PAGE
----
“We were recording in a studio in Hagen and living at the Century Media office in Dortmund,” she recalls. “There were six of us, living in one room with three bunk beds and one kitchen and a small bathroom. We were basically waking up, going downstairs to the office, they would offer us coffee and then we would drive to the studio. That period of my life was amazing, because we were really getting connected with them. It made it feel like a family vibe. It was a way simpler and more genuine time.”

Century Media remained firmly at the forefront as metal underwent its huge early 21st-century renaissance. Always diverse but never forgetting to stay true to the underground scene that spawned it, the roll-call of bands from the last 30 years is frankly ridiculous: Dark Tranquillity, Napalm Death, Nevermore, Aborted, Behemoth, Insomnium, Architects, Body Count… and recent Golden Gods Best International Band winners Arch Enemy. Signed to Century Media in 1998, Michael Amott’s post-Carcass crew have stayed with the label ever since. 

Arch Enemy have been through a number of line-up changes over their 23 years, but it was the recruitment of vocalist Angela Gossow in 2000 that caused major consternation among diehard fans. Once again proving Robert’s ability to spot a great idea, Century Media threw their wholehearted support behind the new line-up and the subsequent Wages Of Sin album propelled Arch Enemy to ever-greater success worldwide.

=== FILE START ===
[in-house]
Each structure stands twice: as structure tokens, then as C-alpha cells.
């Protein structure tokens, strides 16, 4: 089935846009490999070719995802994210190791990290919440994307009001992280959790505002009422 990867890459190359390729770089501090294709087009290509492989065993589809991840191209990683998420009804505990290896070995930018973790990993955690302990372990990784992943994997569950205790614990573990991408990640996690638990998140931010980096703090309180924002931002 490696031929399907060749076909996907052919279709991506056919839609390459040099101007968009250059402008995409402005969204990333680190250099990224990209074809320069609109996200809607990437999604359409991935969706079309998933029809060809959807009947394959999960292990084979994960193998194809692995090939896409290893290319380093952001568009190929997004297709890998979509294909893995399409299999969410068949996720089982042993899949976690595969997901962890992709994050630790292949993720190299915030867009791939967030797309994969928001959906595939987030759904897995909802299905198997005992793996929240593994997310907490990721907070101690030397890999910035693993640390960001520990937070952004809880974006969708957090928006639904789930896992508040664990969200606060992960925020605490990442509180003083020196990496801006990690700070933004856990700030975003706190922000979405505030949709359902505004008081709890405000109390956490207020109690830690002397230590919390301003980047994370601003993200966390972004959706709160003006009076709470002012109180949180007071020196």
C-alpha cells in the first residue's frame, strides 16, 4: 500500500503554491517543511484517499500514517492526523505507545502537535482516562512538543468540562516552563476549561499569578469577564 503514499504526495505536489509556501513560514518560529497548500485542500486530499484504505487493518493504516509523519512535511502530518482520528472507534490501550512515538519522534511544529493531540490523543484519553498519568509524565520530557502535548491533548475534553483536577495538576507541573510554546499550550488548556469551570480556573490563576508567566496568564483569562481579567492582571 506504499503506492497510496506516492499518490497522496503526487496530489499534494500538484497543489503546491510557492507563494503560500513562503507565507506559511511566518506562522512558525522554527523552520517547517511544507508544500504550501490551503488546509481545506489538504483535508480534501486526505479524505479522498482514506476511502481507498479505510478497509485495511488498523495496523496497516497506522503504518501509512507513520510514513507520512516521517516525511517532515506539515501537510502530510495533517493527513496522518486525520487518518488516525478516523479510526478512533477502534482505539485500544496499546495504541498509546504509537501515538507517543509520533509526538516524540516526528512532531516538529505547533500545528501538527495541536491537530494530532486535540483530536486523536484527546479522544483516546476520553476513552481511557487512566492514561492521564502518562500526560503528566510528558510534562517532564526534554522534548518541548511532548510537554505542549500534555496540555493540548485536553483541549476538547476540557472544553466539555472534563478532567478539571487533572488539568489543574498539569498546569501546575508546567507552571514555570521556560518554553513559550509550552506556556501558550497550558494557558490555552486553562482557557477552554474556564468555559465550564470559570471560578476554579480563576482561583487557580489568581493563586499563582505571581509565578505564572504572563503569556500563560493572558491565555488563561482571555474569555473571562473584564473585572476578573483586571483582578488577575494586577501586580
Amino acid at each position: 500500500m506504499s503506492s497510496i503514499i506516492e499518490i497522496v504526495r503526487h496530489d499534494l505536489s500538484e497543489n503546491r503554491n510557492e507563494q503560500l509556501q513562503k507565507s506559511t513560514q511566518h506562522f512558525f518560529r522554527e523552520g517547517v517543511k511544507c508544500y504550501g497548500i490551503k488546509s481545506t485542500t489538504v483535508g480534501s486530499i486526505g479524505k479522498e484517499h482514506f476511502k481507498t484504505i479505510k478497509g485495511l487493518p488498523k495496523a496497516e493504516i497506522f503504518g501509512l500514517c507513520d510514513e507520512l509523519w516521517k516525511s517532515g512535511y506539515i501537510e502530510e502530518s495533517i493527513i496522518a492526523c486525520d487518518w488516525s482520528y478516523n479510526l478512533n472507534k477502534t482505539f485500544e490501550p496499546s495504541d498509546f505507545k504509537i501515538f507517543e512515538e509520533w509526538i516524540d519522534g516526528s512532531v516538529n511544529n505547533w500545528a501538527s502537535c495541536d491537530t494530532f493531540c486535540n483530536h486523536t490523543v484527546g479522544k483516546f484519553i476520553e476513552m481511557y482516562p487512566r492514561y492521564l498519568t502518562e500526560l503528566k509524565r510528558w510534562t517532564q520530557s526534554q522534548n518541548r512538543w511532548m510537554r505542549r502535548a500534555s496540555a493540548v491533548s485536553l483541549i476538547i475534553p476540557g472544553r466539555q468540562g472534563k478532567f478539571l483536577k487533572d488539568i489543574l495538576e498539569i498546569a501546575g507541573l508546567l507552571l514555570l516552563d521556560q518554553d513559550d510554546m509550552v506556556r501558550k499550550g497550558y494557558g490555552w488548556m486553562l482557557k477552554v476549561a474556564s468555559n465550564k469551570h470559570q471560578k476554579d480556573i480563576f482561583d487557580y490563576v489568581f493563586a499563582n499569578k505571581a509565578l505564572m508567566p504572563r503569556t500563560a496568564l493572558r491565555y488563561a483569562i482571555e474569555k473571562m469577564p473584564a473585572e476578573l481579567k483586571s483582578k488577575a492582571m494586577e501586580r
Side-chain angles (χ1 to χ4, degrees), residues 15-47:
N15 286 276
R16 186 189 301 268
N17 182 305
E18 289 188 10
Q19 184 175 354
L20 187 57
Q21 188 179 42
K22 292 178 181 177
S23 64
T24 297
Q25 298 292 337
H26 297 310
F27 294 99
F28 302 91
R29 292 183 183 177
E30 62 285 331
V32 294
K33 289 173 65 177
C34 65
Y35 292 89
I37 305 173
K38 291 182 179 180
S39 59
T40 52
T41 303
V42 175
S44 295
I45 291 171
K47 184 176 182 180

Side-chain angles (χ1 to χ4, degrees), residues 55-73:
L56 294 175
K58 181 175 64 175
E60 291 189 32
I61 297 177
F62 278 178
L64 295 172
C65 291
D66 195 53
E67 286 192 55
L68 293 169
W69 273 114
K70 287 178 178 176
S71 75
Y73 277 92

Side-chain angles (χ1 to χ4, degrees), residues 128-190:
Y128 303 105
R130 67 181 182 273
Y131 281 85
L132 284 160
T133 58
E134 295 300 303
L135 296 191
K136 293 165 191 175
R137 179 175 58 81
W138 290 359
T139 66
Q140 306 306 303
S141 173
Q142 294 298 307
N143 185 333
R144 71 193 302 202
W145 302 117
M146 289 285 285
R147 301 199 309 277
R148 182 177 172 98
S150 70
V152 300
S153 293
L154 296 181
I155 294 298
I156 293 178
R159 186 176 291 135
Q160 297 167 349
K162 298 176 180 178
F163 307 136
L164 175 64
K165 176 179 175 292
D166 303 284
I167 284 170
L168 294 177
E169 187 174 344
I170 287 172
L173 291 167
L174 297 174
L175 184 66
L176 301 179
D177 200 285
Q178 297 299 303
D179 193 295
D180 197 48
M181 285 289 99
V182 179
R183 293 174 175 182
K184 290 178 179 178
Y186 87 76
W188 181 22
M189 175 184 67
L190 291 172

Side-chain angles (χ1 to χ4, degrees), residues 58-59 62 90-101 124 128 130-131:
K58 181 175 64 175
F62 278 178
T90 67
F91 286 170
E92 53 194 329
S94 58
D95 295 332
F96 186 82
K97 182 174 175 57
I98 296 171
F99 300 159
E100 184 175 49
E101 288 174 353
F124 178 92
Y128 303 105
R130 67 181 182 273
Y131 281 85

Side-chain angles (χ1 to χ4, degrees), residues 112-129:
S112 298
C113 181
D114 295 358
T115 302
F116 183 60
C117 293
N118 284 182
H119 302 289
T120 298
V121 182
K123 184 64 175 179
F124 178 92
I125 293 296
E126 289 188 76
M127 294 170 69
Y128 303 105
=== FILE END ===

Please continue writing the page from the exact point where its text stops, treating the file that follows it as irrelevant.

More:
“We picked them up before Angela joined and we were fairly surprised by the choice, but we liked it immediately,” Robert recalls. “Between her amazing voice and presence and Michael’s songwriting, something truly magical happened and we had to be behind it all the way.”

“It was a mixed bag emotionally for many people, getting a female singer into a band like Arch Enemy,” Michael remembers. “But the label were hugely supportive all the way along. We were one of the smaller bands on the label when we started, but I believe that for a while we’ve been the biggest band on the label. We supply great albums and they work them very well! Ha ha ha!” 

“I just always came from the viewpoint that a label should be of service to the artist and more or less like a parent is with their child,” Robert concludes. “You have a responsibility for their career and that’s sacred to some degree.”

Partly prompted by the death of his long-time business partner and partly due to bewilderment at the endlessly mutating state of the music industry, Robert sold Century Media to Sony for £12million in 2015. But the label’s story is far from over, thanks to a partnership between major label and revered independent that seems to be keeping everyone happy. Today, Robert spends his days involved in the development of “utility-scale solar farms” (“I stumbled into it and liked it!” he laughs) but he has clearly been keeping a benevolent eye on his old creation’s progress.

“If the industry hadn’t changed as drastically, I probably wouldn’t have sold,” he admits. “It was too close to my heart. But looking back, I think I made the right move at the right time and I don’t regret it at all. What is most important is that Sony have been an extremely fair and good partner. They’re a class act. I can’t say anything different.”

“I always thought Robert was a visionary,” states Michael Amott. “He started in his bedroom like all the other underground labels, but it just grew into something that changed his life and mine, as well as the lives of a lot of musicians around the world. Sticking around for 30 years, that’s really quite something.”